By Dr. Chad Audi
Recently I wrote about the urgent needs of Haiti’s citizens after a deadly earthquake devastated the impoverished country, leaving hundreds of thousands homeless. Today, nearly a month after the quake, a lot still needs to be done to provide shelter, food and medical care for people who saw their homes literally crumble all around them.
The recovery work has been steady and ongoing, but an estimated one million Haitians remain homeless. They’re camped out in makeshift shelters as the debate between the Haitian government and its international aid partners continues over how and where to shelter the quake victims. The Haitian president says at least 200,000 tents are urgently needed; others say a more long-term, cost-effective solution is more desirable. In the meantime, the U.S. and other aid groups are sending Haiti more than 10,000 rolls of durable plastic sheeting that can be used to shelter up to ten people per roll.
As the debate continues, another major concern is looming. Haiti’s rainy season is quickly approaching, which could result in the further destruction of buildings and the spread of serious diseases. The images of families living in makeshift tents, consisting of bed sheets propped on sticks, are absolutely heart-wrenching. The need for temporary, durable shelter is imperative in order to provide some sense of safety and protection. I know that a relief effort of this size is extremely difficult and complicated, but the lives of Haitians must be placed first and foremost.
As a testament to human spirit and resilience, there are glimmers of “normalcy” emerging in Haiti. Adults are selling fruits and vegetables on the street, and children have returned to playing games. There is hope among Haitians. Let’s keep them in our prayers.
By Dr. Chad Audi
Isn’t it interesting how some people can leave a lasting impression on so many others? Two recent stories remind me that regardless of a person’s social background or economic standing, it’s the human spirit inside that truly makes a difference.
Guy Myers of Sunnyvale, California was better known as “Guitar Man.” He was homeless, yet he always found a place in his heart to help others. Even more than he helped himself. According to his son, Myers battled an alcohol addiction for several years. He slept in the bushes off a major highway and was a fixture at several Sunnyvale locations where he would strum his guitar and sing for passersby. Tragically, the 58-year-old Myers was fatally struck by a car last month. The community has reacted with an outpouring of support. A shrine was erected outside a 7-Eleven store where Myers often hung out, and he was remembered in several online messages. A retired school employee wrote a poem about Myers called, “Ramblin’ Guitar Man.”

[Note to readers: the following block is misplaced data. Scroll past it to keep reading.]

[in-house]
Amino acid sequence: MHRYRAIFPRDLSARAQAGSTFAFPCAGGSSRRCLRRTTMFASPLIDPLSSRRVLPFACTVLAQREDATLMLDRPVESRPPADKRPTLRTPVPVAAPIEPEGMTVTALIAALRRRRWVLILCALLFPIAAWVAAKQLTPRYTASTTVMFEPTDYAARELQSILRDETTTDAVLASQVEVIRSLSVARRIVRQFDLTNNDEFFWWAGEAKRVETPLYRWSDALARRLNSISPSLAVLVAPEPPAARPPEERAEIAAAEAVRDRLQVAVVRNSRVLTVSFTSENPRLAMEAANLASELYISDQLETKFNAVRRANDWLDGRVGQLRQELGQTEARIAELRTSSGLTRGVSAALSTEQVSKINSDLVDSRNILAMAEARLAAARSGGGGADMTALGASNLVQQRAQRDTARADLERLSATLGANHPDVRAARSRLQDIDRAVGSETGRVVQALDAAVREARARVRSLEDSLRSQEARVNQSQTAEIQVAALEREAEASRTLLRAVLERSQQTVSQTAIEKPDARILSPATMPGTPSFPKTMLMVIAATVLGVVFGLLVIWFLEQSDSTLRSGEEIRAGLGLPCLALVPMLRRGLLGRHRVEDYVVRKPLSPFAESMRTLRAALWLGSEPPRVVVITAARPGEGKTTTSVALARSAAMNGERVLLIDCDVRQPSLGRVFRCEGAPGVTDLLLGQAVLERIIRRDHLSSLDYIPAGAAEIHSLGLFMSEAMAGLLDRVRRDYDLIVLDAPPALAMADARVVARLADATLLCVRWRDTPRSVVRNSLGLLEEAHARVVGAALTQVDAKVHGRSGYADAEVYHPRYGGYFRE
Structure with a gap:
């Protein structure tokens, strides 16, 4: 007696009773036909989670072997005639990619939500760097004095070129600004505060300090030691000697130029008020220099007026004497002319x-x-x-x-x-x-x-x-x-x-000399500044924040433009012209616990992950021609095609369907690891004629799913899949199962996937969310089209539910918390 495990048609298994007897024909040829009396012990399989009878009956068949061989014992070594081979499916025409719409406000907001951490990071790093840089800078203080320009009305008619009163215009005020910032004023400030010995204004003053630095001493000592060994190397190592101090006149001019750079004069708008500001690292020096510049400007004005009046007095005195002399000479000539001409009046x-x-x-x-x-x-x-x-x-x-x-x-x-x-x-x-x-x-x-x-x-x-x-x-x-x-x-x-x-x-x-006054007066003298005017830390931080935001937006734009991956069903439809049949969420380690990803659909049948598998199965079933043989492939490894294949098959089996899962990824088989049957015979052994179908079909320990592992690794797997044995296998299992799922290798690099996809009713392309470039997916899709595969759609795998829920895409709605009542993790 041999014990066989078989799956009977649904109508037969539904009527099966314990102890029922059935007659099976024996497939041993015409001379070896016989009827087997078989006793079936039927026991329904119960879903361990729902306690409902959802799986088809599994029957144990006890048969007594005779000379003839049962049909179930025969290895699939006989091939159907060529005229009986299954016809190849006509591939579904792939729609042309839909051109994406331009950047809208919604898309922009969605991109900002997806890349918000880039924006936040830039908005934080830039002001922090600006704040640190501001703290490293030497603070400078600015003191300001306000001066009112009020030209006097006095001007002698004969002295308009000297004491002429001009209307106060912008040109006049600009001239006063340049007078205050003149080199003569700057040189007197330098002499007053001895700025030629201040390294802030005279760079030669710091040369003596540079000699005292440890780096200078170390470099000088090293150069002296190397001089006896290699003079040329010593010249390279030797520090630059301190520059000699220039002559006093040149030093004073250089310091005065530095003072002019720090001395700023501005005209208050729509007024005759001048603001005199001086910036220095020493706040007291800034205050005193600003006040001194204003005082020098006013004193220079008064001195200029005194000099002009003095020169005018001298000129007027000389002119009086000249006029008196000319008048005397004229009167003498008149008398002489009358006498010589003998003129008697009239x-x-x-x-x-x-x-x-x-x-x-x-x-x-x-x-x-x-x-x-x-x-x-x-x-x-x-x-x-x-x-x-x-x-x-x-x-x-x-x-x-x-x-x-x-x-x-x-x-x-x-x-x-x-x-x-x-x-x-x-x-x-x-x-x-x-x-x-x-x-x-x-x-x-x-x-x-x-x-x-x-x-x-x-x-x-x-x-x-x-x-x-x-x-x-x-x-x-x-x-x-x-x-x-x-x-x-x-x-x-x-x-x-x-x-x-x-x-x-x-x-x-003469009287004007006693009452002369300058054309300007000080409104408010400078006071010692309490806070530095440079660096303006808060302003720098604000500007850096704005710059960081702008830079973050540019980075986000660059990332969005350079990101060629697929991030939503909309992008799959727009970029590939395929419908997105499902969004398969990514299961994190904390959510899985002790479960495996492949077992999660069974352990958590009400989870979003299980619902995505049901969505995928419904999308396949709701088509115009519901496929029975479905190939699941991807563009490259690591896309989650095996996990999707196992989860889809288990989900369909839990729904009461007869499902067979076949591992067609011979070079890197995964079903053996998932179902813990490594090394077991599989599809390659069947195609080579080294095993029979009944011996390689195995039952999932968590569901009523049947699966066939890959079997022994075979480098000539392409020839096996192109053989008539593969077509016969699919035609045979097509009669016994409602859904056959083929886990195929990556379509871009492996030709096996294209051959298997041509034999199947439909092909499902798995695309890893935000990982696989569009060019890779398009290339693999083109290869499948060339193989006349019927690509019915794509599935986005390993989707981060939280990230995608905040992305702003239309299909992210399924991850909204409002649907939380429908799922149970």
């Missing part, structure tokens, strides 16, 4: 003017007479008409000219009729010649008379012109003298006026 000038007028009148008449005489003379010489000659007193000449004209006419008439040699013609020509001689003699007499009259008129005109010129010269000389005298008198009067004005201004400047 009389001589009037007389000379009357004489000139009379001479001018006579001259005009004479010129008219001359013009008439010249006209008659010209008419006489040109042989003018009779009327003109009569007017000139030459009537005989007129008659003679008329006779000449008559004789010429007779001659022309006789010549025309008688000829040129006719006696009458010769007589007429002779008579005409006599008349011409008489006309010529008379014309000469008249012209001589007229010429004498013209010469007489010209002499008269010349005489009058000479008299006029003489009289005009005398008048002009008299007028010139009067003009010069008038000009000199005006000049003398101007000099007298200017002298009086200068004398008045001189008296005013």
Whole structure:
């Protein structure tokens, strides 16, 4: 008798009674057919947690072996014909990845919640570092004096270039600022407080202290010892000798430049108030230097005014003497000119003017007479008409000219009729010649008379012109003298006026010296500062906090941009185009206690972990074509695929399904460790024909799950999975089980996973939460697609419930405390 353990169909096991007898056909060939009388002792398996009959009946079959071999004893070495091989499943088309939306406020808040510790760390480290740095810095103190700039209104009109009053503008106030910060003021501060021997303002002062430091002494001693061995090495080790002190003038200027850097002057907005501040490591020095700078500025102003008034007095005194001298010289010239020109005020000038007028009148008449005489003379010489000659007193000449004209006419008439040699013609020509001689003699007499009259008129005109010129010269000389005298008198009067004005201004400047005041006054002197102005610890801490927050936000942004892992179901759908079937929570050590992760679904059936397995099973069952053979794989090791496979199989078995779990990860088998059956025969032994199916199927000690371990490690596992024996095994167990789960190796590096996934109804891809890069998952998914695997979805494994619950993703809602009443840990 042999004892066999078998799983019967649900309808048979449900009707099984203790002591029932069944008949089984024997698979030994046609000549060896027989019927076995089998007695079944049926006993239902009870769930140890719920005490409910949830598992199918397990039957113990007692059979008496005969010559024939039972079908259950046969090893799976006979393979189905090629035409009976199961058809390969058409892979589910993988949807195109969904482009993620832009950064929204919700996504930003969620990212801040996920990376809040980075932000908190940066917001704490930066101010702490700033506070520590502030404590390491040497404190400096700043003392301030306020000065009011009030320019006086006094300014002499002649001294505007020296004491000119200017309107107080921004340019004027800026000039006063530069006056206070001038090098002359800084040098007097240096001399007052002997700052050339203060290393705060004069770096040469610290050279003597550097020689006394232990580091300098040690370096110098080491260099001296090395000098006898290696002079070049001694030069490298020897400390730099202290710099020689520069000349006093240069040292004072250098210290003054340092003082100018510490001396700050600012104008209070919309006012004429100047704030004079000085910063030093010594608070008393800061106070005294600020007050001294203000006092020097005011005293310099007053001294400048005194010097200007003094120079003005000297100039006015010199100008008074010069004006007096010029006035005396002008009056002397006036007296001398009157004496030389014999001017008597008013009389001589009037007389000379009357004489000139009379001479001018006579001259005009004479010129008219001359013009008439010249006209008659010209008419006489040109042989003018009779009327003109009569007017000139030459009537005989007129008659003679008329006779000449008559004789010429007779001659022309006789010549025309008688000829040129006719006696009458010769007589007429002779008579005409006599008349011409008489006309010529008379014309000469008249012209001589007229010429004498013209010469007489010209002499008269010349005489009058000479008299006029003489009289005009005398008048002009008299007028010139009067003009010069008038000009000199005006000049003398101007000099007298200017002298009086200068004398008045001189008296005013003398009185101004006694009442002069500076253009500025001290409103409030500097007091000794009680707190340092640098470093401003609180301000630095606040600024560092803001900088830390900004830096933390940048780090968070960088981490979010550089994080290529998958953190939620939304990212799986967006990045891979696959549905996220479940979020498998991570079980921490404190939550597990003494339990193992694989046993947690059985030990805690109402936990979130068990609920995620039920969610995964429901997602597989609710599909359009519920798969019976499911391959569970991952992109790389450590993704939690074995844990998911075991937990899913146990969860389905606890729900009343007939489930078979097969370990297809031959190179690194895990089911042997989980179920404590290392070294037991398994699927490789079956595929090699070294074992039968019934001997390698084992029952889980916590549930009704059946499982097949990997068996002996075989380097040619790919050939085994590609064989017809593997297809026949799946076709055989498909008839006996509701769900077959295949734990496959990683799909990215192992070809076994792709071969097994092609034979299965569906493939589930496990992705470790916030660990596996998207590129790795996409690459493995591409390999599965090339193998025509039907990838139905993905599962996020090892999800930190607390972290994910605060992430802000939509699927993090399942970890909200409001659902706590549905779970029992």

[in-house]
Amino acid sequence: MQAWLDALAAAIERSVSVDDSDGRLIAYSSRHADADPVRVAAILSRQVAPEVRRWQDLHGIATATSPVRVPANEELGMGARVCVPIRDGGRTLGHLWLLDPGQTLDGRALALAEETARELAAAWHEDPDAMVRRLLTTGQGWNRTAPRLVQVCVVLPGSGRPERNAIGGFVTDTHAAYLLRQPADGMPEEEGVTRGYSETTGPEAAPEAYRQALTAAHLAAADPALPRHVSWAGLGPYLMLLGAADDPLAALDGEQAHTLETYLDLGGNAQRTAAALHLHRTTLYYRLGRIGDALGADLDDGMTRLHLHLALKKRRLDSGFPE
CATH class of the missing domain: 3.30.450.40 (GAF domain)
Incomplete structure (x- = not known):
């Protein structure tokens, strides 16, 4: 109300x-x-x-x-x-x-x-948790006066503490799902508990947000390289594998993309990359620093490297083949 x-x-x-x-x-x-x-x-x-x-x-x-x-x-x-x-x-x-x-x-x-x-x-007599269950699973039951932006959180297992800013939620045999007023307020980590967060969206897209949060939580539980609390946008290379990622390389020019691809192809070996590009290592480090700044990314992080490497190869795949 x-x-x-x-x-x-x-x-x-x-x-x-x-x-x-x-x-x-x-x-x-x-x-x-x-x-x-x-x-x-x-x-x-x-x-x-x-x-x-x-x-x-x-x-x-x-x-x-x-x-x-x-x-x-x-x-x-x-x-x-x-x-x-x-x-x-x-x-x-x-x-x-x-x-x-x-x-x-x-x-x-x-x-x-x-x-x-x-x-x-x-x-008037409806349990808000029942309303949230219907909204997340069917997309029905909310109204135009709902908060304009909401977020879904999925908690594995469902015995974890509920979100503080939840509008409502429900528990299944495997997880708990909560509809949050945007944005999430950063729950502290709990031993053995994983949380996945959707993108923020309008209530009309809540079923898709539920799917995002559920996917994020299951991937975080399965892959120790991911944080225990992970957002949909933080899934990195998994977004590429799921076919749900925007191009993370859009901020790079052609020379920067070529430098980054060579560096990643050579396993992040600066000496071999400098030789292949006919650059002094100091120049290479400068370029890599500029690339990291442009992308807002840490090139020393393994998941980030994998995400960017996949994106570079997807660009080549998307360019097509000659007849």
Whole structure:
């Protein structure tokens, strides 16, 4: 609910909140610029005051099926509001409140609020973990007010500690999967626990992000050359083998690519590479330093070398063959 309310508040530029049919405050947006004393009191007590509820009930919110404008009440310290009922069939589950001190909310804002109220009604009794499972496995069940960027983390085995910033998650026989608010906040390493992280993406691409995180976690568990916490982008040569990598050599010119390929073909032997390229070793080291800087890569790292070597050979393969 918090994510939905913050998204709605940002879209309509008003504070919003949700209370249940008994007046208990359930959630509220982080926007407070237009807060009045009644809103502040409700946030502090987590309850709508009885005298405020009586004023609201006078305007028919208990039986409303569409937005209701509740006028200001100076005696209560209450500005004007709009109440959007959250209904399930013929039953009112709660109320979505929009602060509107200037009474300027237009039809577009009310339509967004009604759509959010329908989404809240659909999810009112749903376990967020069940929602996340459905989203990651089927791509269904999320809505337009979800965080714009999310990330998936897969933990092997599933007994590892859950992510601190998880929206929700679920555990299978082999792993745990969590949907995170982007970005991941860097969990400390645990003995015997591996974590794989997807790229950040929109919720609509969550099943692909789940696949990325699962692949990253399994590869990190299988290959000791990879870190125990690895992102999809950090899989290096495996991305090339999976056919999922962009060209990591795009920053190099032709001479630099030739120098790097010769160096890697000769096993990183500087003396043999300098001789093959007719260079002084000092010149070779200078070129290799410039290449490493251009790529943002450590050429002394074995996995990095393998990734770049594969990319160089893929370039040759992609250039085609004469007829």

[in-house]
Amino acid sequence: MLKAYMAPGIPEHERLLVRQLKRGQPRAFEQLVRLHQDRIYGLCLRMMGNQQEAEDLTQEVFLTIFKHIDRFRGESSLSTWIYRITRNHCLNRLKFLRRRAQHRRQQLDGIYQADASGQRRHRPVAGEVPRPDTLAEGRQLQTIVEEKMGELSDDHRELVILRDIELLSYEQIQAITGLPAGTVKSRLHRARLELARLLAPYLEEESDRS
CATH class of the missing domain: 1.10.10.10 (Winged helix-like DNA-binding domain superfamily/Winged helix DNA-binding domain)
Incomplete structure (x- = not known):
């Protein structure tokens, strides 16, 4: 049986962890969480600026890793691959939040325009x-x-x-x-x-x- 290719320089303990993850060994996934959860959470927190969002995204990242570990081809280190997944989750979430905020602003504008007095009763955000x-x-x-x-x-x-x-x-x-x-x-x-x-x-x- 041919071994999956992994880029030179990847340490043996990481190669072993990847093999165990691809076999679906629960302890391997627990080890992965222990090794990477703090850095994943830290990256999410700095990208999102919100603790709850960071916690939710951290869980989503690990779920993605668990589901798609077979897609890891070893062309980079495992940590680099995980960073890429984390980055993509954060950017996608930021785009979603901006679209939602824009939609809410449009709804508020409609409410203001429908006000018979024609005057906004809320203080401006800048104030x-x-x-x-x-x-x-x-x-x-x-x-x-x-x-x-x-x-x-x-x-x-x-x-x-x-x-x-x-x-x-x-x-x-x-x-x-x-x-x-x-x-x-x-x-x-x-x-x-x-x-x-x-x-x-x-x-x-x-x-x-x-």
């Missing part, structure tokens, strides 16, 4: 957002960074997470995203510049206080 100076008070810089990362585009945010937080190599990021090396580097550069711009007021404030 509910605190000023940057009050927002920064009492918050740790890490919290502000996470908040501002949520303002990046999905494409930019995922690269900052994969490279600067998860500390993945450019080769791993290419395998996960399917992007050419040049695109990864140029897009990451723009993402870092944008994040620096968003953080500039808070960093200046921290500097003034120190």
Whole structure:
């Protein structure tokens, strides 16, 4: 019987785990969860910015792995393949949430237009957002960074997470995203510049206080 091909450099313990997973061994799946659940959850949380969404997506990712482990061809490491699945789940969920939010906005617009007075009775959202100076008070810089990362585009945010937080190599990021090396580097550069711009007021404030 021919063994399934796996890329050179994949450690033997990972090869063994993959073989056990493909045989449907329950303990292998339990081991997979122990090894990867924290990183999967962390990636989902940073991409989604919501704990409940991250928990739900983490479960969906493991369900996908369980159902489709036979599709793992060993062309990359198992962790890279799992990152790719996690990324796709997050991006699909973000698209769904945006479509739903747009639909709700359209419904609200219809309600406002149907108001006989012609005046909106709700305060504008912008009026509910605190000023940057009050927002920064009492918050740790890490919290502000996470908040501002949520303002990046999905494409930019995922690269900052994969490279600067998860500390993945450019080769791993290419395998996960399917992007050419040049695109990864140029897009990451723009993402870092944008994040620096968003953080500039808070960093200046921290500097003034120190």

Here in Detroit, regular visitors to our popular Greektown neighborhood — a dining and shopping destination — became very familiar with an elderly woman known as “Greektown Stella.” Stella Paris was believed to be in her mid-90s when she died last month at a Detroit nursing home. For nearly three decades, she lived on the streets of Greektown, frequently screaming in Greek at passersby. The feisty, eccentric woman suffered from schizophrenia. She was loved by family and strangers, but her mental illness often made life difficult. The police allowed Greektown Stella to sleep and wash her clothes at the nearby headquarters and kept a watchful eye on her safety. Despite her quirky and combative personality, Stella was a beloved fixture in Greektown.
Both are examples of individuals who were homeless, but who touched numerous lives. In Myers’ case, he seemed to care more about other people than he cared about himself. He just wanted to make people happy with his music. Stella Paris provided a colorful part of Greektown’s history and will be missed by many. In their own unique ways, they created lasting memories for many.